What does it mean to transition a company to fully remote work?

In my last post, I advocated not letting a virus decide whether we need an office or not, especially if all we need to do our work is a laptop and an internet connection. I also urged us 21st century leaders to ask ourselves why we do things the way we do instead of insisting on going back to how it was. I recommended we learn the remote first mindset and transition our organisation to remote work.

So, how does a company transition to fully remote work while staying nimble and responsive to changing markets? First, remote work is not working from home. It is working from anywhere other than the company office. It requires a complete shift in mindset and corporate culture, and a completely new set of infrastructure and business operations practices. I’ve written many posts on those topics already. Remote work is not easy. It is very difficult to get it right. You’ll need expert advice and support. There are not too many people qualified to help you. I can. Or I can give you some recommendations as well. So, go get help, listen and learn. That way, you’ll create a successful remote work transformation and keep your best employees engaged.

I need to caution you that remote work exposes what and who we are. If we excel in office politics to get ahead, remote work strips us of that. However, if we want to contribute in any way possible, then remote work is a great equaliser. To say it bluntly, incompetent leaders fear remote work because it exposes their incompetence. I wrote an article earlier exploring why managers and executives don’t seem to like the idea of remote work. Smart leaders learn remote work, adapt their leadership, and empower their employees to do so.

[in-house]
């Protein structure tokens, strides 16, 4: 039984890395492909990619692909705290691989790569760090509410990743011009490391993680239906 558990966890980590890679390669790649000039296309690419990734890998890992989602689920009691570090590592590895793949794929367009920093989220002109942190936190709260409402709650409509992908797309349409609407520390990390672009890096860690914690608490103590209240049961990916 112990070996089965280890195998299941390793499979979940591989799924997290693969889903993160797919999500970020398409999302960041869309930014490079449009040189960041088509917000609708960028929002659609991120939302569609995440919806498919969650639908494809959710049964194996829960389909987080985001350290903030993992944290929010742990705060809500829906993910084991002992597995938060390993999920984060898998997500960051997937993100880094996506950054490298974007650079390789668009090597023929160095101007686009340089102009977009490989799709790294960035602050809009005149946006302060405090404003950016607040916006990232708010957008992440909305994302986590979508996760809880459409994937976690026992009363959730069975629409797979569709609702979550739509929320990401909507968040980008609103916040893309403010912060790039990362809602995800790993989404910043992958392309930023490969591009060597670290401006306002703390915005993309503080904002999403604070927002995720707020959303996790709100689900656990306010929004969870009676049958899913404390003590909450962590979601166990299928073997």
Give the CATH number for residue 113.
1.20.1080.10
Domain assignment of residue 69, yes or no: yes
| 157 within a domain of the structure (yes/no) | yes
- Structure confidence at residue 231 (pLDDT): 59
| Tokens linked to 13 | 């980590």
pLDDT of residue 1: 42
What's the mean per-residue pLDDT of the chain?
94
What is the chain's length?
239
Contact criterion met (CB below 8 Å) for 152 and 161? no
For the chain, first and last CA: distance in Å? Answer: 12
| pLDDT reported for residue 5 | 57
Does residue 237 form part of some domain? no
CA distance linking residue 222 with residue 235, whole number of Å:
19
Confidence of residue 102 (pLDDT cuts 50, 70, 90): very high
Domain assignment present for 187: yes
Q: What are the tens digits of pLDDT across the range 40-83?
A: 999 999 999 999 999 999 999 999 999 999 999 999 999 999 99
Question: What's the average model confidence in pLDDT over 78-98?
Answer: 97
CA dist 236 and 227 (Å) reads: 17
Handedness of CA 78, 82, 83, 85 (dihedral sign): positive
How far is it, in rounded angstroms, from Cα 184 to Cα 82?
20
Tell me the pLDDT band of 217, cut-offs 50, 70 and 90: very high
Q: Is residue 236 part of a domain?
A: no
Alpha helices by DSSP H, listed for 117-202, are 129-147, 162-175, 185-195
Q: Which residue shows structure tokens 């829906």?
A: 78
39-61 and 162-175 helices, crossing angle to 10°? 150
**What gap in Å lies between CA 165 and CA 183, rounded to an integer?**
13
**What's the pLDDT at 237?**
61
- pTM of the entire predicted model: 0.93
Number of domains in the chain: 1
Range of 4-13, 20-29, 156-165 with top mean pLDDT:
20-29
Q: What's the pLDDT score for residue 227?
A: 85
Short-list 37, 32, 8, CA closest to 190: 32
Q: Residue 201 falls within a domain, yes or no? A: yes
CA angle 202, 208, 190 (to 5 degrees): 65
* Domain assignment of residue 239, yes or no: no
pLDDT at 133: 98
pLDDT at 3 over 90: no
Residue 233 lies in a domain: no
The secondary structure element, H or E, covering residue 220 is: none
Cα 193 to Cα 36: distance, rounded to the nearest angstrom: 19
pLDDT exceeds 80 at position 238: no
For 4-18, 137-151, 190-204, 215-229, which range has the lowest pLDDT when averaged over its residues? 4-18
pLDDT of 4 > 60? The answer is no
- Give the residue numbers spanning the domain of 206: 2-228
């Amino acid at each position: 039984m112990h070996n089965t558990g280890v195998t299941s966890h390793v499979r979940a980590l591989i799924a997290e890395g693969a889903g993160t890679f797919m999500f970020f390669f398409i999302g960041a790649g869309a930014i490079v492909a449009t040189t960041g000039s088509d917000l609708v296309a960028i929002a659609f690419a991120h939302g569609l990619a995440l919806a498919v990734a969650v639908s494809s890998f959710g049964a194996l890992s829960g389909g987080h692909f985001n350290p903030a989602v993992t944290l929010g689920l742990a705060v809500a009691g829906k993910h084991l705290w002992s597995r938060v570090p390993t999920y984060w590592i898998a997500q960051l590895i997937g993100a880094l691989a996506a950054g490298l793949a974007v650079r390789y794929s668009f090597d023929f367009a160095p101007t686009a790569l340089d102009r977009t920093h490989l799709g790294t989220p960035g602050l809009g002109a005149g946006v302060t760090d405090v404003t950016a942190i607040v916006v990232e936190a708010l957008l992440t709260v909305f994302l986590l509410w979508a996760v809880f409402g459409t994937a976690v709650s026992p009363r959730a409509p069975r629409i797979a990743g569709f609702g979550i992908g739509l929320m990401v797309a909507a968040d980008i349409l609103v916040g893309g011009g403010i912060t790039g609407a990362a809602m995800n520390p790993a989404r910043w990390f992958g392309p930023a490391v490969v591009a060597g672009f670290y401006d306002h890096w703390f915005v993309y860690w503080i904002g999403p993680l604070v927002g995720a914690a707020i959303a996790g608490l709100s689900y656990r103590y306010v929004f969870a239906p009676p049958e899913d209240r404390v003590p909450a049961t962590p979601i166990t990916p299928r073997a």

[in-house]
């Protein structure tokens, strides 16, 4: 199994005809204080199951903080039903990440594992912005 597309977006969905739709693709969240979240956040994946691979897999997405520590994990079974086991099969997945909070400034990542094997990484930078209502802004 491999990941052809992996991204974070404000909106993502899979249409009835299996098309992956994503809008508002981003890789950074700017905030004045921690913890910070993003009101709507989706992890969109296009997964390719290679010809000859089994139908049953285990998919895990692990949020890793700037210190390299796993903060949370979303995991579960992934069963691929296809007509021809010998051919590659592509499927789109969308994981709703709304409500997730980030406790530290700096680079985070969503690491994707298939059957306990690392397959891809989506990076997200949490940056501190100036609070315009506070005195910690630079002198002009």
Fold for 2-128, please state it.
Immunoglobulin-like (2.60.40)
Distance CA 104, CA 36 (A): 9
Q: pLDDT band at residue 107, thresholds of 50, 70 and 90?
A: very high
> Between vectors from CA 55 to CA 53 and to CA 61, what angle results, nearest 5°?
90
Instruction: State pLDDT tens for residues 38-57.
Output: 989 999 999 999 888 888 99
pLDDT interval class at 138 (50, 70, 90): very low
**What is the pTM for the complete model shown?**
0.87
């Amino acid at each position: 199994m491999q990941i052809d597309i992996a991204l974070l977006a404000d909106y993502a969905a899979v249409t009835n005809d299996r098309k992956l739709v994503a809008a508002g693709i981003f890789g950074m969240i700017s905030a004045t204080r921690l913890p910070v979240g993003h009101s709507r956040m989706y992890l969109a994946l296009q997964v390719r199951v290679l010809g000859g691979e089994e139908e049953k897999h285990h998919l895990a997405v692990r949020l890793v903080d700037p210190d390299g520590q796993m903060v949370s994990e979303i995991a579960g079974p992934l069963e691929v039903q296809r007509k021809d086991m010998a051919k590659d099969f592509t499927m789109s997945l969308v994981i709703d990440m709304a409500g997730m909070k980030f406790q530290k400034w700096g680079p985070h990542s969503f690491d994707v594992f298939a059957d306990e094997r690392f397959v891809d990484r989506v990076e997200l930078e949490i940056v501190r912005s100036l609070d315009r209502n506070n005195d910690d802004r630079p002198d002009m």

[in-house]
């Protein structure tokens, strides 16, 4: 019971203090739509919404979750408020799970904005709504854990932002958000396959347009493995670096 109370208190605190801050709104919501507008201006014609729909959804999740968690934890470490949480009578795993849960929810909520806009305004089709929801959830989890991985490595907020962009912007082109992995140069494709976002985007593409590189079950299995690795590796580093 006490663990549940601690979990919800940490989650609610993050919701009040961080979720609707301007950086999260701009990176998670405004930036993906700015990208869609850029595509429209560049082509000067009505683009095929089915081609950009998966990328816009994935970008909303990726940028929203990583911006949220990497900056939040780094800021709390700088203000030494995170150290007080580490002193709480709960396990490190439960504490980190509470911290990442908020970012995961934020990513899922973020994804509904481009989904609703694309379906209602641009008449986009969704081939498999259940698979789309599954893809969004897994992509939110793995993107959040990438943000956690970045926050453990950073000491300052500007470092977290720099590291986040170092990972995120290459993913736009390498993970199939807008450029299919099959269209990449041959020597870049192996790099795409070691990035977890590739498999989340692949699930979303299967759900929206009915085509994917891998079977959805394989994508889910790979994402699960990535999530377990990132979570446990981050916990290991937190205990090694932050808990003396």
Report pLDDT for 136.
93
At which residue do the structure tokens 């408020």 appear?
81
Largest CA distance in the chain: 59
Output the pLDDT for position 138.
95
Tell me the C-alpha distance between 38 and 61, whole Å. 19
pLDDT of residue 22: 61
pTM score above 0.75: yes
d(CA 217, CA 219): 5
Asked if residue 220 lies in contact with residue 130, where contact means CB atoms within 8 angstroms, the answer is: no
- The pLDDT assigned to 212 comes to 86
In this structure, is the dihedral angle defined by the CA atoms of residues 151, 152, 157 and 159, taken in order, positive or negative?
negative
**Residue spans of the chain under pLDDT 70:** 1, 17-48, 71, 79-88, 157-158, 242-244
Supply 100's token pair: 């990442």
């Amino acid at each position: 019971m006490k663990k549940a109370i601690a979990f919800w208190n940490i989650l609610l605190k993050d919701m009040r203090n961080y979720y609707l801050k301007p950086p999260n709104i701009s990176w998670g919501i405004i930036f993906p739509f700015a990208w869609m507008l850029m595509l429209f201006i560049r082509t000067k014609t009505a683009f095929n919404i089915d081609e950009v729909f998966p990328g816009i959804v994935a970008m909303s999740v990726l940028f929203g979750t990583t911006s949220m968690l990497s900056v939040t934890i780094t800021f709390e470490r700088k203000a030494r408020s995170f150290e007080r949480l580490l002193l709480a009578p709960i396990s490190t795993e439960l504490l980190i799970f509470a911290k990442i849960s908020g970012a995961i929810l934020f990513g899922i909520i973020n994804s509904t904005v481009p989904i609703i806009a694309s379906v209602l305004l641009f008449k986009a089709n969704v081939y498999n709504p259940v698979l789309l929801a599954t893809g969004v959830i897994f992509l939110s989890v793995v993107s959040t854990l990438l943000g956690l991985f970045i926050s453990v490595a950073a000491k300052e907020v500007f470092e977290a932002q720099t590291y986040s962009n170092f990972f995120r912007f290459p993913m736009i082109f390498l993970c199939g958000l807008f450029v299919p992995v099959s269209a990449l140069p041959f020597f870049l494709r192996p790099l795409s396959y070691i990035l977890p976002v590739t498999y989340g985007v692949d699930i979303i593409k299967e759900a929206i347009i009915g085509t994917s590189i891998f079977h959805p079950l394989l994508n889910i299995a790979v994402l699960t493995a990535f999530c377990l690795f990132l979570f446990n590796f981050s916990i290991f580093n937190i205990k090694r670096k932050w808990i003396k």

So, which type of leader are you? Which type of leader is leading the company you work in?

Recently, a return-to-office advocate told me he had spoken at a conference about Future-of-Work because he had so clearly missed the mark by a few hundred miles. That is great. It all starts with ONE leader admitting that s/he has been wrong about believing the need for face-to-face collaboration. And that’s where a beautiful state of being for an entire company will begin. Are you that leader? Are you the one who needs to get real with himself/herself? If so, I can help you. Contact me.

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